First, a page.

The government has refused to introduce a more flexible fuel surcharge as an alternative to a fixed taxi flag-fall fare rise of HK$2.
Operators of urban, New Territories and Lantau taxis applied for the increase in September because of a rise in operating costs, principally fuel and insurance.
Legislator Miriam Lau Kin-yee suggested introducing a fuel surcharge so that when the fuel price falls, the fee can be reduced.
She said: 'Fuel prices have been surging in recent years. How can taxi drivers have a reasonable operation? No one wants any fare rise. This fuel surcharge is fairer.'
But Rebecca Pun Ting-ting, Deputy Secretary for Transport and Housing, said it would be difficult to implement. She said: 'We all know that fuel prices change frequently. If this brought about frequent changes in the fuel surcharge, members of the public would be confused. 'At this stage we do not think we will adopt such a surcharge,' she said.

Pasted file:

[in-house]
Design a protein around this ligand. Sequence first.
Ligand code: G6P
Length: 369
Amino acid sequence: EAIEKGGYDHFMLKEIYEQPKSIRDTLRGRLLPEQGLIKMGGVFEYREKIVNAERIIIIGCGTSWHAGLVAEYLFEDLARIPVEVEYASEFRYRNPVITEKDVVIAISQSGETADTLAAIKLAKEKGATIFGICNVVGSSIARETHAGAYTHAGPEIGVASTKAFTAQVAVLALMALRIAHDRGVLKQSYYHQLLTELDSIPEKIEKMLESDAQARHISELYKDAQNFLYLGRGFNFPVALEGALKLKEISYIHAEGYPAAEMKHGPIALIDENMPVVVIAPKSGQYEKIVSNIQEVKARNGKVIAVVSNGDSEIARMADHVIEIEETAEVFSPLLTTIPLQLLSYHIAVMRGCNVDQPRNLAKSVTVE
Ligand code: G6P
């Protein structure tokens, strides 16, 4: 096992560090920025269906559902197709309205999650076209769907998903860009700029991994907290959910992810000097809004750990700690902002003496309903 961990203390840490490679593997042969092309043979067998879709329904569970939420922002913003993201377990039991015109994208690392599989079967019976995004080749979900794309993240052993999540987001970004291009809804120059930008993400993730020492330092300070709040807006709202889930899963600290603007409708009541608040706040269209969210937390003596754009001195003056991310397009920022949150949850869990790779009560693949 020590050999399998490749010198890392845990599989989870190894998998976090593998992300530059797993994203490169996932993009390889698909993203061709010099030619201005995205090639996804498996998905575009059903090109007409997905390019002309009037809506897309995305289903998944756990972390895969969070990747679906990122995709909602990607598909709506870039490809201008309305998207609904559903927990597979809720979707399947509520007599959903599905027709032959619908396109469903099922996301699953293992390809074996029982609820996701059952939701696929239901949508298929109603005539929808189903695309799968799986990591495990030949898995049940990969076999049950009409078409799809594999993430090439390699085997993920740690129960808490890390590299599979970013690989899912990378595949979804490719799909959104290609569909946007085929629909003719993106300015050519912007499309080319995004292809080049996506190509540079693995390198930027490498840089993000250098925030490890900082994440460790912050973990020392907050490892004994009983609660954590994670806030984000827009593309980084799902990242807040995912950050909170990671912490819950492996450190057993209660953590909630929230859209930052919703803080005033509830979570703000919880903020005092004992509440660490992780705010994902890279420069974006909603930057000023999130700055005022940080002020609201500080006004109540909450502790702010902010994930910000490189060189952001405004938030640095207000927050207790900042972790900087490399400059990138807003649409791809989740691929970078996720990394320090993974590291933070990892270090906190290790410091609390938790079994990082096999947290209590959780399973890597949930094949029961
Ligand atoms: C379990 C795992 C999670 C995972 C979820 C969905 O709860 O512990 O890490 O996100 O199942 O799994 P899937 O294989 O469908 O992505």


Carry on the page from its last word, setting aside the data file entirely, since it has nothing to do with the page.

Lai Ming-hung, chairman of the Taxi and Public Light Bus Concern Group, said the industry would prefer a fuel surcharge over a fixed fare rise.
'We do not want to apply for fare rises so often. This will give a bad impression to the public,' he said. Lai said the government had once implemented a fuel surcharge in the early 1990s, but later cancelled it.
He said the government refused to introduce it again because officers thought it was troublesome to monitor the fuel prices and adjust the surcharge every month.
'The government also rejected a fuel surcharge proposal three years ago. It approved a fare rise of HK$1 instead,' he said.
The Transport Department said it would seek approval from the chief executive and Executive Council after consulting legislators on the fare rise.